Press Complaints Commission
spacer spacer
SEARCH FOR     Or try the cases search  
Cases Banner
Making a complaint
Code of Practice Information
Code Advice

Complainant Name:
A woman

Clauses Noted: 3

Publication: News of the World


A woman complained to the Press Complaints Commission on behalf of her daughter that an article published in the News of the World on 17 September 2006 headlined Lady Mucky wanted me rough and ready! intruded into her daughters privacy in breach of Clause 3 (Privacy) of the Code of Practice.

The complaint was upheld.

The article was an account, from the mans point of view, of an affair between a man and a married woman whose husband was a member of an aristocratic family. The account included sexual details. The womans mother said that there was no public interest for publishing the story.

The newspaper noted that the complainants daughter had already spoken briefly to the Daily Mail and her remarks, confirming the affair, had been published (a complaint was also made about this newspaper). It was only fair that the man with whom she had a relationship should have a chance to give his side of the story.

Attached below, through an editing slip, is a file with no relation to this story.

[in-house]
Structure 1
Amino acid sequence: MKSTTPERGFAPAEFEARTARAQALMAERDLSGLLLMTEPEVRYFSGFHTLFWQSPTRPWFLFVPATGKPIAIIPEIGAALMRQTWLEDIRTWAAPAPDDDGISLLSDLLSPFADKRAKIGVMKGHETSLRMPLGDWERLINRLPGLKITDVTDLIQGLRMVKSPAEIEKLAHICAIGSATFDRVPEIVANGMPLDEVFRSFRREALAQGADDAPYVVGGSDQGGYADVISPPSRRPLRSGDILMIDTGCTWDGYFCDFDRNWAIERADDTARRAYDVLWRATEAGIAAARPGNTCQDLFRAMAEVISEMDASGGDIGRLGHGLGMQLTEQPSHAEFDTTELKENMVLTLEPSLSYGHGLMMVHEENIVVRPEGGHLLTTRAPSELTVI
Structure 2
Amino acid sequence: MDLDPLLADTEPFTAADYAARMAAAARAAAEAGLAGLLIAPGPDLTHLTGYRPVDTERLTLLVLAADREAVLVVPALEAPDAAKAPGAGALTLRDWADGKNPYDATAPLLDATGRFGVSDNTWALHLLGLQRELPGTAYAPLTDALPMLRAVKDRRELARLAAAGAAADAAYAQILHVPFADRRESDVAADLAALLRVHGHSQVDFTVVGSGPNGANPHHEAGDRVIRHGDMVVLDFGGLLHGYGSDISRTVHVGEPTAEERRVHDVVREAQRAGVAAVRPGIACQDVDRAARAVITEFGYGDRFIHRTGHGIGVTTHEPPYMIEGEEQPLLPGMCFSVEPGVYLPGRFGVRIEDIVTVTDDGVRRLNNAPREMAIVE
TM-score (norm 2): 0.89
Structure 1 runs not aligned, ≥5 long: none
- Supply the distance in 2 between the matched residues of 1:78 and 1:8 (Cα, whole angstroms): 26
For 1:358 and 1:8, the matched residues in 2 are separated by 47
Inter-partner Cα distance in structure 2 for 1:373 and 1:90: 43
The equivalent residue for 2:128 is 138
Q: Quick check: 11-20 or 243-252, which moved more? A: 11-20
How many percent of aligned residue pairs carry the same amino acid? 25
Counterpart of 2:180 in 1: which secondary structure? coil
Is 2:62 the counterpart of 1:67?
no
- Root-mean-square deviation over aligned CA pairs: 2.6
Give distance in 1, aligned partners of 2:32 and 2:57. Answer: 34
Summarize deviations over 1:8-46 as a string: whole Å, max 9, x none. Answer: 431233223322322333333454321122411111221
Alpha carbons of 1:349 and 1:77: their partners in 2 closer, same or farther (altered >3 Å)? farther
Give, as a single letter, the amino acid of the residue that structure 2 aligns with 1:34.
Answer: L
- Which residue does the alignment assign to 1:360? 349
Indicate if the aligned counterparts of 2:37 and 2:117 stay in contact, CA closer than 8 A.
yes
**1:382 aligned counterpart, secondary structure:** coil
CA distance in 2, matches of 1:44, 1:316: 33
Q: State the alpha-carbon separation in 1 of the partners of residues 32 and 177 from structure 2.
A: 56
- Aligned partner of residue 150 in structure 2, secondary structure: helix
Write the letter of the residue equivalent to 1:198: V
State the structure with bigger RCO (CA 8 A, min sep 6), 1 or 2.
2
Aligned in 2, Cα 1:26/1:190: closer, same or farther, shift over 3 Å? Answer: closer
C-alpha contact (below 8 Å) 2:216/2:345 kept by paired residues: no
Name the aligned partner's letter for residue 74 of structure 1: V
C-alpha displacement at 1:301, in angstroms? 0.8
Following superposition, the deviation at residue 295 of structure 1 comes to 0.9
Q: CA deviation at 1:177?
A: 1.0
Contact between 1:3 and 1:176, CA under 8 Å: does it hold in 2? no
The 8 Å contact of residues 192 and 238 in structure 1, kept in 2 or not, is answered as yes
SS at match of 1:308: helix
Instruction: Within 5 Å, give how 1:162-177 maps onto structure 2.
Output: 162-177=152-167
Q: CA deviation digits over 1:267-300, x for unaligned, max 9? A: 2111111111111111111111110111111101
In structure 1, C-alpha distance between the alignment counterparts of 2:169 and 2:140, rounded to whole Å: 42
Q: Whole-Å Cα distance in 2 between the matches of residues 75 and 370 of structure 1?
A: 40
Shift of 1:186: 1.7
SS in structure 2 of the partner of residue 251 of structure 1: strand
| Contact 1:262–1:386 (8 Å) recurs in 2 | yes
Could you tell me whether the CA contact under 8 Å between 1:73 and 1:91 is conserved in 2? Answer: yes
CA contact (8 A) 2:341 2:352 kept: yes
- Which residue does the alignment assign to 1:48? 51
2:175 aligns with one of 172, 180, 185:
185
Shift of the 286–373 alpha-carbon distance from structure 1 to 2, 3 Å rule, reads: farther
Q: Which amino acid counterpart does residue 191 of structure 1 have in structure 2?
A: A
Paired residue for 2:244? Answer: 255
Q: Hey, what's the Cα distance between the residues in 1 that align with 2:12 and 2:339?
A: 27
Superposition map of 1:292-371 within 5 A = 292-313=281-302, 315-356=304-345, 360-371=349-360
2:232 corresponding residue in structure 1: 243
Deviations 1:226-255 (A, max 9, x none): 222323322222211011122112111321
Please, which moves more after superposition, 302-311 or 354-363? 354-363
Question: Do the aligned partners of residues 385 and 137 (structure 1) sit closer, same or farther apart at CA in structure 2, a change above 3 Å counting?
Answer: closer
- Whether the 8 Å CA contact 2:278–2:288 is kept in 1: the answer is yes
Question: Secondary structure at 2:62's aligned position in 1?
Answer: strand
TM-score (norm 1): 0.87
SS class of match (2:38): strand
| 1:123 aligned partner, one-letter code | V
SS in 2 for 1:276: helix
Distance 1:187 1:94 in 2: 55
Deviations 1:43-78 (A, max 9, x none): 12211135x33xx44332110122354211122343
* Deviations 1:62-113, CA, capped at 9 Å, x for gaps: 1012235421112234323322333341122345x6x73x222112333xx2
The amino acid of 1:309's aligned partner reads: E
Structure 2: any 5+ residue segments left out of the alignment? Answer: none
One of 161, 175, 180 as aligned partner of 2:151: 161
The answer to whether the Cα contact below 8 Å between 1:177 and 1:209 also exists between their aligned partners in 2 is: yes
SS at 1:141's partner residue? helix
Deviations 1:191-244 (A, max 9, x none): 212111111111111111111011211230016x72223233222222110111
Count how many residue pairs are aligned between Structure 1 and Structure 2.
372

The complainant said her daughter had simply responded to a question from a Daily Mail reporter, but she would have preferred the whole matter to have remained private and had not sought publicity for the affair. Her daughter was not a celebrity, and did not deserve to have intimate information about her private life published in the press. Moreover, her judgement had been affected by the bipolar disorder from which she was suffering something that was known to the man who gave the interview.

The newspaper wrote to the complainant to express its regret for distress caused to her daughter.



When reporting one partys account of a relationship, newspapers must also have regard to the other persons right to respect for their private life.

Some of the detail in the article particularly the description of sexual activity was of an intimate nature. The piece revealed matters that would normally be regarded as private. The newspaper would either have needed some public interest for doing so, or been able to show that the complainant had previously been happy to discuss similar matters in such detail. Neither of these possible defences was a feature in this case. The information contained in the article was out of proportion to that already in the public domain. The complainant had not courted publicity, and any limited public interest inherent in exposing adultery committed by someone who was married into an aristocratic family was insufficient to justify the level of detail in the piece. There was an intrusion into the womans privacy and the complaint was upheld.

Relevant Rulings

Jones v Daily Sport, Report 63

Feltz v Sunday Mirror/Daily Mirror, Report 56

74 Adjudication issued 29/01/07

<< Go Back
Home ] Cases ] Site map ]